Red meat appears to be particularly disgusting for many people. Most meat reducers tend to avoid red meat over white meat. Kubberod and her colleagues argue that this is because red meat is high in “meat typicality” and vividness – it resembles “flesh” more than does white meat. The bloodiness and tough texture of red meat are strong elicitors of disgust and meat avoidance, particularly for adolescent females. This is probably because such cues serve as reliable reminders of the animal origins of meat. Studies suggest that people experience disgust more towards meat that reminds them of an animal than meat that lacks “animal reminders” (e.g., a pig roast with the head intact vs. removed).8
Arguably, people may find animal cues, such as blood, offal, and body parts, disgusting because they remind people that they are eating the flesh of a dead animal and dead animals are potential carriers of disease. That is, animal reminders may simply trigger our evolved instinct to avoid pathogens. But this is probably too narrow of a view. At least for many meat avoiders, meat – particularly meat that resembles the animal source – is also cognitively linked to notions of violence and injustice, not simply disease.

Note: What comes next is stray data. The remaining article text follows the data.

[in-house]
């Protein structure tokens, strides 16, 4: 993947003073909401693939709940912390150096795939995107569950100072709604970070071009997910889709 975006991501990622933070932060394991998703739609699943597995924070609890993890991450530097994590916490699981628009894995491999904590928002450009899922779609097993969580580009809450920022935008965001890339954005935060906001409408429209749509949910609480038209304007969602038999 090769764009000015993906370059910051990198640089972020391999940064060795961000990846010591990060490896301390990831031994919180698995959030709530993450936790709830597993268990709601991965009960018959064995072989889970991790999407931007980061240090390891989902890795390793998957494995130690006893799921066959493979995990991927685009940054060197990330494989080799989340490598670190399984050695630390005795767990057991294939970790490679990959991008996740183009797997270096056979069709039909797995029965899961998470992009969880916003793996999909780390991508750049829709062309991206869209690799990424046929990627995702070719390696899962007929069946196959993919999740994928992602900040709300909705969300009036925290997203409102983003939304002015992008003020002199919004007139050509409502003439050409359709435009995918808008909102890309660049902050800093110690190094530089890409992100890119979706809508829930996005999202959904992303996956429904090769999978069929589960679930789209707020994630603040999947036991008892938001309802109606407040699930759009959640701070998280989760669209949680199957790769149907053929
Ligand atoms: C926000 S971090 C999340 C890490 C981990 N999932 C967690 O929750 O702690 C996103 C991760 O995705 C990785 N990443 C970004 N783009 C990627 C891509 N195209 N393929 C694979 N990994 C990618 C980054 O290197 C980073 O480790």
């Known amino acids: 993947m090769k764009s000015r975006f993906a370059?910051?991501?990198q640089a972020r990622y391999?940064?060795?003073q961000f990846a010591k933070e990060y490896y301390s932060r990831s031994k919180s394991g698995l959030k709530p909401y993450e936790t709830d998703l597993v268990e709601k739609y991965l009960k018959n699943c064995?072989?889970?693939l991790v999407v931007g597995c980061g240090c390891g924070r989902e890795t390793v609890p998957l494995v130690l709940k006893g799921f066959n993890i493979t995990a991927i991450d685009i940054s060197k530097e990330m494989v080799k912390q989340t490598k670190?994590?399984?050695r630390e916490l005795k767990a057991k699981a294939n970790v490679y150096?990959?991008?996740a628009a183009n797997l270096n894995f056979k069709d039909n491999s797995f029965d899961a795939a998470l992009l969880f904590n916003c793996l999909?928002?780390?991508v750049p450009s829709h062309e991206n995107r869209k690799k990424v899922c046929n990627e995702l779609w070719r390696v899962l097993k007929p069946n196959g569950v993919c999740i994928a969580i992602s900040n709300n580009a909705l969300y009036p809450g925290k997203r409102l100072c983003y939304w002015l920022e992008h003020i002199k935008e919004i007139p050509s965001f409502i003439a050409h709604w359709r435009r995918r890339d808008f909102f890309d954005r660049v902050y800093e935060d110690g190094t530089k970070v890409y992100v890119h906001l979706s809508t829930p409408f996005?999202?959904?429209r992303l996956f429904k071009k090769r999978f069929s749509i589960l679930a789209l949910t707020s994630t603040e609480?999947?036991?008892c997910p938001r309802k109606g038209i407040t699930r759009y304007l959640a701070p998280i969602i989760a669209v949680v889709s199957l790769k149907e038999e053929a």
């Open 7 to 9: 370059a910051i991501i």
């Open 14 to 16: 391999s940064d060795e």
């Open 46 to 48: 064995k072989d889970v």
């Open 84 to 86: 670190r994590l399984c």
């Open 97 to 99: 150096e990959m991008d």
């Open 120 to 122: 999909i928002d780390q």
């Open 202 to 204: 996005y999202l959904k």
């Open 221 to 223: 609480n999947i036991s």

How important is disgust in motivating meat avoidance?
One of the big questions in the literature on disgust and meat is: “Do meat avoiders avoid meat because they are disgusted by it or because they find it morally reprehensible?”
The answer of course could be: “both”. Meat could be a source of disgust for meat avoiders (e.g., because meat is a constant reminder of decay and disease), but it could also be a source of anger and outrage (e.g., at the unjust treatment of animals, its contribution to global warming, pollution, biodiversity loss, etc).
Another possibility also exists: meat avoiders may find meat disgusting because they avoid it. When you stop eating something, it becomes less familiar, and familiarity is one of the principal drivers of appetite because it informs our expectations of how food will taste.